Roadmap for Java for JS Developer

I have been working as a javascript developer from past 8 years which includes experience in Vanilla JS , Angular , React , Node etc.

Now I want to include Java+Spring + Spring boot into my arsenal. Just want some suggestions for the roadmap to follow for the same.

P.S - I do have basic knowledge of Core Java.

HI @Avinash

I don’t know why you are interested in Java + Spring, so let me start with: If you are looking for a backend tech stack Node.js + Express is probably easier to pick up for you, just based on extensive JavaScript experience.

If you are looking to get away from JavaScript then Spring is an option. But I recommend you use Kotlin instead of Java. Kotlin has a lot of traction in the JVM world and is much more accessible than Java. In particular I would say that its syntax is closer to modern JavaScript & TypeScript than Java. There are many other aspects that make Kotlin superior to Java - but that’s a different topic (e.g. see here). Kotlin is officially supported in Spring (since 2017) so Kotlin + Spring is a good option for you.
You probably want to start with spring boot, which makes getting started with spring easier by setting sane defaults. Here is a tutorial for kotlin + spring boot from spring.io.

Spring is an old & mature technology, which comes with some baggage/legacy (for example a lot of configuration, which spring boot tries to resolve). Here’s a write up on the differences between spring & spring boot. It will be confusing at first, answers on the internet may be old & outdated, or information that applies to older versions of spring, but not spring boot.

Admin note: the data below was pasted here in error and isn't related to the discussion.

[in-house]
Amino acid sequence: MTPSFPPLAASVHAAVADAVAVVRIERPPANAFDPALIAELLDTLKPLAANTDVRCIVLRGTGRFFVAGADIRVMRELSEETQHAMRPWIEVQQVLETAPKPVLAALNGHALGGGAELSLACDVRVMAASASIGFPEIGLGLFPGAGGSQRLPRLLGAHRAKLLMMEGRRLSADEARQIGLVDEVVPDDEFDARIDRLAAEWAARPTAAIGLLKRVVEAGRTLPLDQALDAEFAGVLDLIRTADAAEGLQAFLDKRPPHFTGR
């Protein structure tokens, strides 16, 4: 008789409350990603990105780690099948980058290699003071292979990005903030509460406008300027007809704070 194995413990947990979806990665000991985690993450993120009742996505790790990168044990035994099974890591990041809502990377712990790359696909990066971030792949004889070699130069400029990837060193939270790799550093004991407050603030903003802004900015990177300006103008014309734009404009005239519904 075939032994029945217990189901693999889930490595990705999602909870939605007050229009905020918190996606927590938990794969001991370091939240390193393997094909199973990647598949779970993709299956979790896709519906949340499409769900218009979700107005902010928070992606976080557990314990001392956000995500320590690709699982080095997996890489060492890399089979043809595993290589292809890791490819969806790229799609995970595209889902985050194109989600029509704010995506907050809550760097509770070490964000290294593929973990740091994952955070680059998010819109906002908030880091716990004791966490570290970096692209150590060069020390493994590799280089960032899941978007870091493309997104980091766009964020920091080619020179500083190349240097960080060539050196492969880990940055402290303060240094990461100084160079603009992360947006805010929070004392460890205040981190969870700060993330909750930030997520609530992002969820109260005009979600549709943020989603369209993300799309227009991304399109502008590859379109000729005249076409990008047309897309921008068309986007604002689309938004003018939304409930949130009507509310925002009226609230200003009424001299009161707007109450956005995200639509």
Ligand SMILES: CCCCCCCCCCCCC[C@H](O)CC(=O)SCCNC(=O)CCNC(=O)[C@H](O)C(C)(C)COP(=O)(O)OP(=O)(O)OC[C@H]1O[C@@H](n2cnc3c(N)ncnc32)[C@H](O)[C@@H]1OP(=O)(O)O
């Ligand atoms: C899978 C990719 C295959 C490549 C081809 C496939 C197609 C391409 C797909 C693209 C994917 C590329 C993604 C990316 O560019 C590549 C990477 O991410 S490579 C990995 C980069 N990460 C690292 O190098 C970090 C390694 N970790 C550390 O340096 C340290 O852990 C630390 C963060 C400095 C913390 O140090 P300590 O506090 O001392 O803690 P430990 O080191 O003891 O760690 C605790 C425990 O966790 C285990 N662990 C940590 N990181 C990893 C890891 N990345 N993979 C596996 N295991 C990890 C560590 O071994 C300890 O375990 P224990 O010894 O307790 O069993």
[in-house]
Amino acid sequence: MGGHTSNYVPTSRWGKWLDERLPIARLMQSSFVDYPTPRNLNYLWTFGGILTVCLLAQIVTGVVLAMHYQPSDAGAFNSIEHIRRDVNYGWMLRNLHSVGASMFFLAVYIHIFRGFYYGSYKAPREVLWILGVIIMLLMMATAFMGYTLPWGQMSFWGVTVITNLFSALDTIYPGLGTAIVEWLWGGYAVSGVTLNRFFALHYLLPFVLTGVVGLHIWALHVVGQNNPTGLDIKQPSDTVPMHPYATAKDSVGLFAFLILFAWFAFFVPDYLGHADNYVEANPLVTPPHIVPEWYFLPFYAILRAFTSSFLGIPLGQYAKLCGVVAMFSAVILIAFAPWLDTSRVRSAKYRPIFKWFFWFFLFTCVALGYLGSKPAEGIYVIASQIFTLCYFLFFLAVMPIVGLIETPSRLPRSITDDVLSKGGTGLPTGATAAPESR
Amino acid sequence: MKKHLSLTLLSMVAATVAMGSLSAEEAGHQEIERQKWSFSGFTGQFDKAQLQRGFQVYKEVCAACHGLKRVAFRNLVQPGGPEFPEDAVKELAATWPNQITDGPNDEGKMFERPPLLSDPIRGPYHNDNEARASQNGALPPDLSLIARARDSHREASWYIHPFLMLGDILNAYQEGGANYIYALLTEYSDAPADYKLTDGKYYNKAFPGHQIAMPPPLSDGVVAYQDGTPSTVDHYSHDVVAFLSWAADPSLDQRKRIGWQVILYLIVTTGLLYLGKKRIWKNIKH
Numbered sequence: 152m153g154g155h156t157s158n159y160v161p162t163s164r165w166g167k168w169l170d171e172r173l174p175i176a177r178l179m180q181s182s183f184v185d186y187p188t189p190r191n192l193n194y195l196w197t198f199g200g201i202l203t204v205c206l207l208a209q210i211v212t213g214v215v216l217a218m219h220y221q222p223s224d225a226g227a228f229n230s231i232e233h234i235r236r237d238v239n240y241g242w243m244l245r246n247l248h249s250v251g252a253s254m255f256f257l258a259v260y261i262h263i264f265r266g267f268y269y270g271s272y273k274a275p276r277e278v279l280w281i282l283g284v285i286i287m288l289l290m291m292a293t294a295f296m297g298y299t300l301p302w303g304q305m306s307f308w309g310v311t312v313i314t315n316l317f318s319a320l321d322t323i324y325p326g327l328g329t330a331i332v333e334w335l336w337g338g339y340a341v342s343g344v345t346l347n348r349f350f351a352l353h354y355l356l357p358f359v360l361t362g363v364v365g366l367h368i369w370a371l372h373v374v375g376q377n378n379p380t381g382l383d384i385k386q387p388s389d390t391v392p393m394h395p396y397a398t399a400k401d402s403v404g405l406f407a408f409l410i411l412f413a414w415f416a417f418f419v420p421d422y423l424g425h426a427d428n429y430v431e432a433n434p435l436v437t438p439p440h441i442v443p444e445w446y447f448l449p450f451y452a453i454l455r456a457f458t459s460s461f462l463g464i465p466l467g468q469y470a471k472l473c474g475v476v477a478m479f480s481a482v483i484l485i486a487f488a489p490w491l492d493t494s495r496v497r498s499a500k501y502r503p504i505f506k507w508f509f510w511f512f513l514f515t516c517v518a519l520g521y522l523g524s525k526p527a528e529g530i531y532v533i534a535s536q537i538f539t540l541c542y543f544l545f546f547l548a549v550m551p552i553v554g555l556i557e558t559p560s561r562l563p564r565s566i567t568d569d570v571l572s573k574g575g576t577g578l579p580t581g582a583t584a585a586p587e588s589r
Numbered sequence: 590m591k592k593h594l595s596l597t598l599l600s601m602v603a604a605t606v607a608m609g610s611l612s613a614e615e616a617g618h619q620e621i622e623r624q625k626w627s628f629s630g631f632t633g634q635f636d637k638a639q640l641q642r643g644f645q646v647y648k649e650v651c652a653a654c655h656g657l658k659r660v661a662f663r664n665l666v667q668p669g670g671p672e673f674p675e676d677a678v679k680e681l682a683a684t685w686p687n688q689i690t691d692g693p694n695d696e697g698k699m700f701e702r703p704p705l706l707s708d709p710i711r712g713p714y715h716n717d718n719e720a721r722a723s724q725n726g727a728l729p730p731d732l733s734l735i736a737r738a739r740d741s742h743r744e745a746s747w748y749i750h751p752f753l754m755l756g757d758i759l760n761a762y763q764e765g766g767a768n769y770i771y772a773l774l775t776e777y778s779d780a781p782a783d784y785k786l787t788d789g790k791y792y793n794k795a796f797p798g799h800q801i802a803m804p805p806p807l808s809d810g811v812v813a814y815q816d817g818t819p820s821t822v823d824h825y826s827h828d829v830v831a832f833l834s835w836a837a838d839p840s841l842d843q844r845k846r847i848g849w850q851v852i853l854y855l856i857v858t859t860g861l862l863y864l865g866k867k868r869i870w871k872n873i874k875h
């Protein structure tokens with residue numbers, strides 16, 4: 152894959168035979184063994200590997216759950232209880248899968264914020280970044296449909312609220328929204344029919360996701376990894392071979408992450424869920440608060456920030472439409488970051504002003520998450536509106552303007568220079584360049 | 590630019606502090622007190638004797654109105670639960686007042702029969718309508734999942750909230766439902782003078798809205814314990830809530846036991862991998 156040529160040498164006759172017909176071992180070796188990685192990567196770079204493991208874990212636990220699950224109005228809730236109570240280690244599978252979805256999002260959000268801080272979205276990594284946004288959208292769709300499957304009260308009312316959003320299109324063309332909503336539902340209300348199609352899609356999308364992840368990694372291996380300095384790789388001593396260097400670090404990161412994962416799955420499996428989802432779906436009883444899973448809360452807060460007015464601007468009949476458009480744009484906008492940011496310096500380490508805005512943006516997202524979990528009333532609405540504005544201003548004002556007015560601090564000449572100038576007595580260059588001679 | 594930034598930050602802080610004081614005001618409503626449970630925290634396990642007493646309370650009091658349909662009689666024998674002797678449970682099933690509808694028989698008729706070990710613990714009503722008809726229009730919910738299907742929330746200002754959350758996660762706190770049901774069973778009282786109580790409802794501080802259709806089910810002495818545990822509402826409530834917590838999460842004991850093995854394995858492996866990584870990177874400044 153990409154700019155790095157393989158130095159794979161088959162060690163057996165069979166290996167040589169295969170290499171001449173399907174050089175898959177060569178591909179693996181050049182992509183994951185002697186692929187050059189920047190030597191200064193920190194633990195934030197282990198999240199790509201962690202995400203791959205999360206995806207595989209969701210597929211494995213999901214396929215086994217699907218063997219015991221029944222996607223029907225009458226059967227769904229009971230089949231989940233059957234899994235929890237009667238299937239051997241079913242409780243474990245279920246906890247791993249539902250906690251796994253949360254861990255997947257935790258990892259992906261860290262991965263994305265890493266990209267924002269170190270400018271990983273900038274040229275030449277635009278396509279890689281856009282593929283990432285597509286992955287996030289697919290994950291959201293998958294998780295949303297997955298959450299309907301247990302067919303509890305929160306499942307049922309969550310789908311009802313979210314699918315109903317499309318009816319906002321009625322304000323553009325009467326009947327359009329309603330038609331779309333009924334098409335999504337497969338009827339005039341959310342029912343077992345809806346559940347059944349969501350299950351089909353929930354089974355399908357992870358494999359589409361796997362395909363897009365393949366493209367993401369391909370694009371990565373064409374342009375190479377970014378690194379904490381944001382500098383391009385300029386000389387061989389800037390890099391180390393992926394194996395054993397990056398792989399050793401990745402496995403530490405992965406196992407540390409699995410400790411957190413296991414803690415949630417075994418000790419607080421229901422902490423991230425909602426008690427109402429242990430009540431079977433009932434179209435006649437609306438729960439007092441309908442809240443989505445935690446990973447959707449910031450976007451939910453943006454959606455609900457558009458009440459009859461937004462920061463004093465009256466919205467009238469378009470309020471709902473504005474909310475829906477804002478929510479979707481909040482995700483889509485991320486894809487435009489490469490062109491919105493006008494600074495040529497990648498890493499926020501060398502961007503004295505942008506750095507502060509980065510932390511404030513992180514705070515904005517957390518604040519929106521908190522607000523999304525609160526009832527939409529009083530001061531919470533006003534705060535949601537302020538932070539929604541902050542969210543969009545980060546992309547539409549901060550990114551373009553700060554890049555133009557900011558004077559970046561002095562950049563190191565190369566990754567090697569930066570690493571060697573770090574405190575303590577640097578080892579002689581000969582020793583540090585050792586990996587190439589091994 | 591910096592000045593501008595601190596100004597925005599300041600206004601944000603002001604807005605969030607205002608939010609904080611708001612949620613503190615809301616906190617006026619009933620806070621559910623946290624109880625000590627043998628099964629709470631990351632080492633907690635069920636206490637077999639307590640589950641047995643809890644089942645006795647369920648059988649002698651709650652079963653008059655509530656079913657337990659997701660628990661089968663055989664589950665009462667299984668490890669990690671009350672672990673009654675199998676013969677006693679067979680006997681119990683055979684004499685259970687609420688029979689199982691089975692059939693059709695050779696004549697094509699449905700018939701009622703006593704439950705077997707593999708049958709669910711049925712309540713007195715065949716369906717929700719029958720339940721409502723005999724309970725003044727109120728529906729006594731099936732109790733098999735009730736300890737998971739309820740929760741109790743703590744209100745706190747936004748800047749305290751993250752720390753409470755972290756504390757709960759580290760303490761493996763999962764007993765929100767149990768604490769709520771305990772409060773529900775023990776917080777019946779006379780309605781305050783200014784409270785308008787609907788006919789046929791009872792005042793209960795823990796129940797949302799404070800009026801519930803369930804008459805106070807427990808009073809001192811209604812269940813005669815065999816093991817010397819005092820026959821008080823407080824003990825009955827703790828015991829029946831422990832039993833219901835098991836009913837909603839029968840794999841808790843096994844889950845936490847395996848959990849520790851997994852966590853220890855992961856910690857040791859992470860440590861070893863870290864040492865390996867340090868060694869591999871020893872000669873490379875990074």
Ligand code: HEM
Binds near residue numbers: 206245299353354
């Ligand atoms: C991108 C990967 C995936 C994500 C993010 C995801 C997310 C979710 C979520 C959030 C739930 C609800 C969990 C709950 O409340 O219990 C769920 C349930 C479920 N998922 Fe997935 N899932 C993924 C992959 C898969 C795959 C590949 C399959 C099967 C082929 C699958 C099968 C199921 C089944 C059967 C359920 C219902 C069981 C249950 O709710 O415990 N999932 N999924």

Lastly you could also consider other languages & frameworks, e.g. Python + Django or Flask, Ruby + Rails or Sinatra.

Java is really the last language you should invest nowadays.

Cheers
Nemo

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@nemo_oudeis…Thanks for the in depth analysis and explanation.

I have a good knowledge in node js and have worked on it previously . My only traction towards java is because the company I am working in ,have significantly good projects in Java .So,I will be able to get a good hands on, as an in and out in a back end technology along with database.

Once I am comfortable,always can switch to other languages you mentioned.

Ridiculous. It’s far from dead, still in high demand, and pays twice as much as your average web development position. Things like Quarkus show Java can be as “agile” as any other language if not more.

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I have to agree with chuck here. Java is far from gone and is still the language of choice for a large number of major companies. As of today, there is far more demand for Java knowledge than Kotlin. Look up any respectable organization that tracks these things.

Kotlin is “cool” and certainly newer, but if you’re aim is to expand your marketability, go with Java.

Besides, being that it’s also a JVM language, you’ll be able to intermingle them if you really decide Kotlin is better for your job.

Last, and probably most important. Don’t chase tools. What kinds of problems are you trying to solve? (Or what kinds of jobs?)